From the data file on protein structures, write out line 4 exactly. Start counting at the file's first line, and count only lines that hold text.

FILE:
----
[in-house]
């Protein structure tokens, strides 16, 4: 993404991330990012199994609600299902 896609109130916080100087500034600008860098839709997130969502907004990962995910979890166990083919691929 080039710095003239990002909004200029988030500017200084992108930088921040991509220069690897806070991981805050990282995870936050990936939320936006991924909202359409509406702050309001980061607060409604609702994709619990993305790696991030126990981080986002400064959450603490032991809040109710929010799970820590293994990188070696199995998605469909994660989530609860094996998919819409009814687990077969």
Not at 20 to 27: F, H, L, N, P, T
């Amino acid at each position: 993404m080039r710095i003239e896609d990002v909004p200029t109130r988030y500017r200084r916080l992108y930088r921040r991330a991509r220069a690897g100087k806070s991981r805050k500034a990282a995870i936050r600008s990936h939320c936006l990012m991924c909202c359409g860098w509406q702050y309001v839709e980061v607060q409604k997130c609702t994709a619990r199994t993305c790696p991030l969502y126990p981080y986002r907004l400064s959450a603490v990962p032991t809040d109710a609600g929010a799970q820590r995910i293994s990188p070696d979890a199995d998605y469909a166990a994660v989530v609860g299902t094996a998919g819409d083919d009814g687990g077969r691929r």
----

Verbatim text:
């Amino acid at each position: 993404m080039r710095i003239e896609d990002v909004p200029t109130r988030y500017r200084r916080l992108y930088r921040r991330a991509r220069a690897g100087k806070s991981r805050k500034a990282a995870i936050r600008s990936h939320c936006l990012m991924c909202c359409g860098w509406q702050y309001v839709e980061v607060q409604k997130c609702t994709a619990r199994t993305c790696p991030l969502y126990p981080y986002r907004l400064s959450a603490v990962p032991t809040d109710a609600g929010a799970q820590r995910i293994s990188p070696d979890a199995d998605y469909a166990a994660v989530v609860g299902t094996a998919g819409d083919d009814g687990g077969r691929r």